Blue Engineering - Introduction
English Course at TU Berlin
The interdisciplinary Blue Engineering Course offers prospective engineers a look beyond their horizons and an (inter-)active approach to their social and ecological responsibility. This gives them the opportunity to become aware of their own values and reflect them with others. In addition, the teaching/learning process is essentially shifted to the students, so that they assume responsibility co-conducting own course and at the same time co-develop the whole course for the future semesters. All in all, the students complement their specialist knowledge from their regular study programs with orientation skills and competences that help them to know their role in terms of technology and society and to shape it together with others.
The Blue Engineering seminar has five basic learning outcomes:
- analyze and evaluate the present reciprocal relations of technology, individuals, nature, society and democracy by taking different perspectives. Based on this analysis and evaluation, they are able to state their personal perspective and values of the reciprocal relations and act accordingly.
- cooperate with others to analyze and evaluate in a democratic process the present reciprocal relations of technology, individuals, nature, society and democracy. Based on their analysis and evaluation, they are able to work out a collective understanding with regard to their collective values and democratise the reciprocal relations.
- acquire 12 key competences of an Education for Sustainable Development: 1) perspective-taking; 2) anticipation; 3) gaining interdisciplinary knowledge; 4) deal with incomplete and overcomplex informations; 5) cooperation; 6) cope with dilemmas of individual decision-making; 7) participation; 8) motivation; 9) reflect principles; 10) act morally; 11) act independently; 12) support of others
- design their co-conduct their own course and contribute to the further development of the entire Blue Engineering Course.
To raise awareness of and to facilitate discussion on the different aspects of social and ecological responsibility, the Blue Engineering-Group developed the idea of teaching units. These units - named building-blocks - are typically designed for one lesson of 60 or 90 minutes and address a complex issue, e.g. whistle-blowing, ethical codes, technology as problem-solver, social businesses and cooperatives. Through the use of a wide variety of teaching methods the learning outcome depends more on the students as individuals and as a group than on the teachers. Consequently, the people responsible for the course don't function as experts who lecture but rather as moderators of group- and learning-processes. In fact, students may even be included in teaching by letting them prepare and conduct a building-block for the rest of the class. In addition, building-blocks may easily be used by a group of engineers working together in a company for their own continued education.
A short description of two building-blocks may help to better grasp the whole idea:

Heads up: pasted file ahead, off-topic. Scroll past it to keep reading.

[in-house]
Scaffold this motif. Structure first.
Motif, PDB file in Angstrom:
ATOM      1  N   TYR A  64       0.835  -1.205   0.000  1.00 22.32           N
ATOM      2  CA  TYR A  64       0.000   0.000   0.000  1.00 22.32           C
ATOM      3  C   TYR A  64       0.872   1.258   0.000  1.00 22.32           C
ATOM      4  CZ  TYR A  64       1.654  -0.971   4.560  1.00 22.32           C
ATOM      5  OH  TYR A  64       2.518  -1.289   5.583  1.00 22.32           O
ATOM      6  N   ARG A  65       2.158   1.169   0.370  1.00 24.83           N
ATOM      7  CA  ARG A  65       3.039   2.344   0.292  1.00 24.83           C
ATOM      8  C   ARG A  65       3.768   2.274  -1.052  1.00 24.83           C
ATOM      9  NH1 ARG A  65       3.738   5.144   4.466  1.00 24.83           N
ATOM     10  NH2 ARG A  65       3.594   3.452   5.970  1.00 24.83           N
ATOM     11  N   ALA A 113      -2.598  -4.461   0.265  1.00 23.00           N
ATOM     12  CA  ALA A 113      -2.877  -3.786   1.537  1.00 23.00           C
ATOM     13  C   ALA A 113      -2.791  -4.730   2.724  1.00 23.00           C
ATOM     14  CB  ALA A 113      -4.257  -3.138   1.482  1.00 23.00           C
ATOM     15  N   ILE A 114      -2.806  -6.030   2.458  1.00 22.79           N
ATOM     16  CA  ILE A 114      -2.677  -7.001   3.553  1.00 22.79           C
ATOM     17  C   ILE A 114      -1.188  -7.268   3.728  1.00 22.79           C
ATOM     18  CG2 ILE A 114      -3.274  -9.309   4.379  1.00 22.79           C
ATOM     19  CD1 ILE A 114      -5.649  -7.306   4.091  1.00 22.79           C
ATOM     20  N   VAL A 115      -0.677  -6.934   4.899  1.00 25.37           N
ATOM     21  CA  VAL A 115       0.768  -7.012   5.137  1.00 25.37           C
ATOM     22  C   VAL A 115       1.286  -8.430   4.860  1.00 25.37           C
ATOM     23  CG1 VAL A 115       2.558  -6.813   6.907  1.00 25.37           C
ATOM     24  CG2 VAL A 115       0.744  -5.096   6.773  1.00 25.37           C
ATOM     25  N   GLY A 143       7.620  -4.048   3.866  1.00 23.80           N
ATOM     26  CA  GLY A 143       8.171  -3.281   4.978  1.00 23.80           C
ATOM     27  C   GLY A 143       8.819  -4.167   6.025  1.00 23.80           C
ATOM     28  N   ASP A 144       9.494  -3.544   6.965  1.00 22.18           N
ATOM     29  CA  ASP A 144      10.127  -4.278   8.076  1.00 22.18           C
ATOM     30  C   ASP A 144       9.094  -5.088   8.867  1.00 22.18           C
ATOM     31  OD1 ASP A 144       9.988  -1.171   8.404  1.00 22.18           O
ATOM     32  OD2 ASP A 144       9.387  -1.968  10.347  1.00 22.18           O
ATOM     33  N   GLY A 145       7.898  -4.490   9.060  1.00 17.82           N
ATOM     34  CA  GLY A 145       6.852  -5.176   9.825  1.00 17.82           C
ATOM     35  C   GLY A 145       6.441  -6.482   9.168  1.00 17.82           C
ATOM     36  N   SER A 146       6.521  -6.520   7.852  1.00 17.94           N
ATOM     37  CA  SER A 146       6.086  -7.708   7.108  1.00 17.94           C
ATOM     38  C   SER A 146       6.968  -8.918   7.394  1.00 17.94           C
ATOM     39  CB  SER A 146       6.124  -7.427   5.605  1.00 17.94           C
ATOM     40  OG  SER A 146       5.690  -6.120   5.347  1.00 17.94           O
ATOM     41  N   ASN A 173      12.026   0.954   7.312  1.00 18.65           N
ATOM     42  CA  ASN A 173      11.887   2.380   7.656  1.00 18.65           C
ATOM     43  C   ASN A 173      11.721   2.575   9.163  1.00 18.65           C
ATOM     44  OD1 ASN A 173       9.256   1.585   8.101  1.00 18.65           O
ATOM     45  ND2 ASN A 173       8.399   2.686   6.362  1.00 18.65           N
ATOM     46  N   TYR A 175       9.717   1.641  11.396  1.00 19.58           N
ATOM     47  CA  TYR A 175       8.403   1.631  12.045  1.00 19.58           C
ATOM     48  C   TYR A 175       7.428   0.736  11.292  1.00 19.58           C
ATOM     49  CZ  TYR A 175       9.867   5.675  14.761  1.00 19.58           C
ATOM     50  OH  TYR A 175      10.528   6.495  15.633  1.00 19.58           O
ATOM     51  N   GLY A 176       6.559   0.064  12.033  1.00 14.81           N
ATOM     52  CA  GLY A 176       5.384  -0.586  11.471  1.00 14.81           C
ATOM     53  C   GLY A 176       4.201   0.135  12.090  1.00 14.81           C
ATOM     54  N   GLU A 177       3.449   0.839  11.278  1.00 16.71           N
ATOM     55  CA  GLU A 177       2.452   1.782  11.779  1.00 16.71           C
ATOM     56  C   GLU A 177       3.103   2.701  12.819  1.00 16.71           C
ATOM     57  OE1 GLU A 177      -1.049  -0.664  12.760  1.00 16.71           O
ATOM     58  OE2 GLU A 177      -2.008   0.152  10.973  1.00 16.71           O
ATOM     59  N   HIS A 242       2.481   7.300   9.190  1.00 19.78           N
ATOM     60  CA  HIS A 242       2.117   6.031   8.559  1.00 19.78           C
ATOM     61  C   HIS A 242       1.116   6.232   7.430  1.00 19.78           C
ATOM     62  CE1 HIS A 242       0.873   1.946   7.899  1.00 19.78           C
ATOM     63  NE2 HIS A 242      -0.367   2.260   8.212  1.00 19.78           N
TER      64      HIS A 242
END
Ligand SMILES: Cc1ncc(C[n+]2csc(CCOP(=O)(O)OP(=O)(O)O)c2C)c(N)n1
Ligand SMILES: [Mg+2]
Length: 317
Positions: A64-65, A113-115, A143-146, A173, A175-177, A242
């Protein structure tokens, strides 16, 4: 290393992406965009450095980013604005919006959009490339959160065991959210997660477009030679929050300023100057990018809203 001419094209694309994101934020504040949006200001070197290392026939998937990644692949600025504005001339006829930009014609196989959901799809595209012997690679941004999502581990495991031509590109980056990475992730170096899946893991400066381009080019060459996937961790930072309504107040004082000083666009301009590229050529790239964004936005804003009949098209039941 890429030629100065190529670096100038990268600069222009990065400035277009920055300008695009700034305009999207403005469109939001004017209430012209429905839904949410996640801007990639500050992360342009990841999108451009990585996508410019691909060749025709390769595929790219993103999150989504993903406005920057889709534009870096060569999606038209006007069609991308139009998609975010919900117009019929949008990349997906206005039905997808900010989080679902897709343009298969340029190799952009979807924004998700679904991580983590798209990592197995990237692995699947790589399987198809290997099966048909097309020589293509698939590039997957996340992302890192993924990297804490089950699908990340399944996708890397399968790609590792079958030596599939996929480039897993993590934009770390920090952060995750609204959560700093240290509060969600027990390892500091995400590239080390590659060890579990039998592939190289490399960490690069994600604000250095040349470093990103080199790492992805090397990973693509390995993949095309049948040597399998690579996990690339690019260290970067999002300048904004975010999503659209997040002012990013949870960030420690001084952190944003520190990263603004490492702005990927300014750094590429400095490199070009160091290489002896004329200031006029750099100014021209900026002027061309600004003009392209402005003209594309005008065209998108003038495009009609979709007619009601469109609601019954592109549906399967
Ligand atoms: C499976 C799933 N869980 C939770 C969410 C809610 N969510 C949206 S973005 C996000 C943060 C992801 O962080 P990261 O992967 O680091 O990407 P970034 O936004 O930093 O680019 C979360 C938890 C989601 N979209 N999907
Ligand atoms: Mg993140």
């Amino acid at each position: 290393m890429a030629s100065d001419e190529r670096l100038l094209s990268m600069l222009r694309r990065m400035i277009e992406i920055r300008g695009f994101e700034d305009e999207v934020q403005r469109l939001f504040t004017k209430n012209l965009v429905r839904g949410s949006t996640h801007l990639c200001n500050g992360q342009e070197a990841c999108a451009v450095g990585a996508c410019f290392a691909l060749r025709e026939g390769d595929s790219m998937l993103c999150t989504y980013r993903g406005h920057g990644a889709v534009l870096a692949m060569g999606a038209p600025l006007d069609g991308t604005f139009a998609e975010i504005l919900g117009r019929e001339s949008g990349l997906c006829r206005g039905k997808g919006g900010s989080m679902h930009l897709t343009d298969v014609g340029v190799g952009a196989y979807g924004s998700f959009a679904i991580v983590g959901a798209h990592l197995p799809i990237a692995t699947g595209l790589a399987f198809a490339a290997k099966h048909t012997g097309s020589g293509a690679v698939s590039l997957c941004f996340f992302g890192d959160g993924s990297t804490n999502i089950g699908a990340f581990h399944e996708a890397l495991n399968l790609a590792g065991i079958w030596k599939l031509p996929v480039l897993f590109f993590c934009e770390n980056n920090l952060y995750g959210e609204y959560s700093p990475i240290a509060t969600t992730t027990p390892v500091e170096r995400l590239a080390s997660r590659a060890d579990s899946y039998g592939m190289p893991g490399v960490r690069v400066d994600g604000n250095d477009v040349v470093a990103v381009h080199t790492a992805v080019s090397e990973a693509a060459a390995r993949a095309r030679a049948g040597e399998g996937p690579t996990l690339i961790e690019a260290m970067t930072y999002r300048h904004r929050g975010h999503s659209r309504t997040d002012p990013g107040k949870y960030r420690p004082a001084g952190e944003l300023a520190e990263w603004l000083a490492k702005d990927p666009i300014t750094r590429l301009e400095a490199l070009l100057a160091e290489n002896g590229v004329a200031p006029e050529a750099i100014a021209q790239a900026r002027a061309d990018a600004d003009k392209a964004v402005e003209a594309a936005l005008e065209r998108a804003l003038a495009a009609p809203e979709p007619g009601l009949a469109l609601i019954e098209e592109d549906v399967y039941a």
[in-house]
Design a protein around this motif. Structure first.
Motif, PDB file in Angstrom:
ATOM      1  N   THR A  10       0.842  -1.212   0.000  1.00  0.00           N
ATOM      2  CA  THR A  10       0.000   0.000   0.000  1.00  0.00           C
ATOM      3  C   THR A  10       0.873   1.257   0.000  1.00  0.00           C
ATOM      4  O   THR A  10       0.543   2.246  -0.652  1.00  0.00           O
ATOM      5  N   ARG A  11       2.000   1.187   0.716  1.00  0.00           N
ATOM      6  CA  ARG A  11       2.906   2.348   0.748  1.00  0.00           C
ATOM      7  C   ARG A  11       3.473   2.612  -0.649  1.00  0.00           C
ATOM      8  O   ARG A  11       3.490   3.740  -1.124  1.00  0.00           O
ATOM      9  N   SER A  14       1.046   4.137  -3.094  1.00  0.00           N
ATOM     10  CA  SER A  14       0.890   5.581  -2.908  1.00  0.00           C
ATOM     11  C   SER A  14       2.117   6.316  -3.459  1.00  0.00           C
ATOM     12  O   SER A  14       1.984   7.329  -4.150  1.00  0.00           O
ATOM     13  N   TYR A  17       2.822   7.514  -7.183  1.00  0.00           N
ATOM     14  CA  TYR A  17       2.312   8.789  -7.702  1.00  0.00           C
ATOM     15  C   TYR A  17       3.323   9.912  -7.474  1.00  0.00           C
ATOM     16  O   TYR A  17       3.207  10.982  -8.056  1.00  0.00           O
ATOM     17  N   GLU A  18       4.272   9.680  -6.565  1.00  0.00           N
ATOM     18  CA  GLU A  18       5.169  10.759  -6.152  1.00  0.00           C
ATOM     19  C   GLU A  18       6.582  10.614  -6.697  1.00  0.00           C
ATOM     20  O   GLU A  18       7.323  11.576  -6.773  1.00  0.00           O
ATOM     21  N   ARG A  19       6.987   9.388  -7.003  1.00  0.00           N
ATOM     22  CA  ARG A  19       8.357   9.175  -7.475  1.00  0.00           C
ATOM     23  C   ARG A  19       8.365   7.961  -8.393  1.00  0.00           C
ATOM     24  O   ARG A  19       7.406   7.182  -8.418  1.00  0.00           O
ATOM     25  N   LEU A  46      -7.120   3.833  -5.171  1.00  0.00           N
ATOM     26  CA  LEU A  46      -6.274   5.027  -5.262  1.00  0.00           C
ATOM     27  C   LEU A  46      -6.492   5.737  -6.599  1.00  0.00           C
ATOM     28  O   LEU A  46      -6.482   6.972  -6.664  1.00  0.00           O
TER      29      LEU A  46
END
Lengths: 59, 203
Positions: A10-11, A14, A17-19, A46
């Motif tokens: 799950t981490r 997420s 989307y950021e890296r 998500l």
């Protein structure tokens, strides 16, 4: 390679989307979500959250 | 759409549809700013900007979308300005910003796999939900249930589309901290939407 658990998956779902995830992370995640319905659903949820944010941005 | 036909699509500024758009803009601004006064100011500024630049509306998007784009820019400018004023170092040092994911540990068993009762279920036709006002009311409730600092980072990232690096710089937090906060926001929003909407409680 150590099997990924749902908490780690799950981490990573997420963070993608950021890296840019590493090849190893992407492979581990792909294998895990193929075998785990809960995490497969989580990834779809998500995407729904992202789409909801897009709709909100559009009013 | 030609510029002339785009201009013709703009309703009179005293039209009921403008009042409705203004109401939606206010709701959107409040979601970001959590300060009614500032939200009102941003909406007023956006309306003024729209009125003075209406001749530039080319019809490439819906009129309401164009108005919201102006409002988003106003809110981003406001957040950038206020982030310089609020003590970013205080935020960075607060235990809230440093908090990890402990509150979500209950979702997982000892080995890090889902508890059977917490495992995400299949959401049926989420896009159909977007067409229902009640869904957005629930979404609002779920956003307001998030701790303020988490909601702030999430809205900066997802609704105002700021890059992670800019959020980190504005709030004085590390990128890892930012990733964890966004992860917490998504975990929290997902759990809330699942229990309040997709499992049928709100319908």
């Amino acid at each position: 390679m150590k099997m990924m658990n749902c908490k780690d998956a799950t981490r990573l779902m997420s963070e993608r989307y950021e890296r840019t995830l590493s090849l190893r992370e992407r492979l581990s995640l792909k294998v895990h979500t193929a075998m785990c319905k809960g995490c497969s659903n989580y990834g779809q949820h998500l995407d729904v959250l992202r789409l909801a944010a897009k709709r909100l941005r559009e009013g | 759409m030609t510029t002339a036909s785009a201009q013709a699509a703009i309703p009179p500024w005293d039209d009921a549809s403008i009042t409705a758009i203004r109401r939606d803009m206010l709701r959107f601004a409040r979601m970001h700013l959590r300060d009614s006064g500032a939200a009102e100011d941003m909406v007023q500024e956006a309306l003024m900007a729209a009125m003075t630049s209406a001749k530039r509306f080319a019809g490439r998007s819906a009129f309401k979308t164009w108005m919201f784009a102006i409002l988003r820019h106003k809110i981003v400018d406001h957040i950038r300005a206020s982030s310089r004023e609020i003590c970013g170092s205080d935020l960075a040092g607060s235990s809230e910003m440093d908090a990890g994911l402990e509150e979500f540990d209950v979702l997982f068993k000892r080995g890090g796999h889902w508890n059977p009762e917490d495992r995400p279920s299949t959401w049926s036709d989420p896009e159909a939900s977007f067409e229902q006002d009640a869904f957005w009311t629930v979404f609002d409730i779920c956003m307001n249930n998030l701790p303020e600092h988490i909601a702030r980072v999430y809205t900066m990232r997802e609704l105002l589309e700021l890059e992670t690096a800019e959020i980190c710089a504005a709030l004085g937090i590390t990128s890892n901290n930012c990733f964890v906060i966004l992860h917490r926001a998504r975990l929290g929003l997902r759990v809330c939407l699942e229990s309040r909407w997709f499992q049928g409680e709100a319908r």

In the first phase of the block "Greenwashing or Decision Aids - Labels, Certificates and the like", the participants get to know the "seven sins" of greenwashing. Based on this, they develop in small groups creative advertisement for a fictional product by excessively using methods of greenwashing. The advertisement is presented to the entire group and rounded up with a brief discussion. In the second phase of the block the small groups work through brochures of widely known labels and certificates and discuss if they are reliable.
The participants of the block "Technology as a Drama - Technology in Drama" read passages of "The Physicists" by Friedrich Dürrenmatt and "Life of Galilee" by Bertolt Brecht. In small groups they rephrase the key messages in their own words and use them to improvise small scenes. The small groups present their best scenes to the whole group and lead a discussion on their interpretation.
Implementation at TU Berlin
The TU Berlin is committed to promoting sustainable development in its mission statement and in the general study and examination regulations. In this sense, the Blue Engineering Course is a central contribution to teaching and has been offered every semester since 2011. On average, about 80 students take an exam each semester. Currently, it is placed as a compulsory elective module in the bachelor and master study programmes of mechanical engineering, information technology in mechanical engineering, transport systems engineering and industrial engineering. An extension to other study programmes is desirable. It is credited with 6 ECTS points.
The Blue Engineering seminar is offered through the Chair of Machinery Systems Design. The module manager is Prof. Dr. -Ing. Henning Meyer. André Baier is responsible for the implementation as a teaching and research assistant. However, the course is essentially conducted out by three tutors, who carry out all core modules independently and accompany the participants throughout the entire semester.
Structure of the Blue Engineering Seminar
The Blue Engineering Course at the TU Berlin has a total capacity of 100 participants per semester. The seminar is designed in such a way that the participants sometimes meet and work together in one room and at other times they are split up into several rooms. This is done to allow for intensive group work and discussions as well as to present external speakers to all of the participants. The course takes four hours per week and covers the whole semester of 15 weeks. It consists essentially of three phases: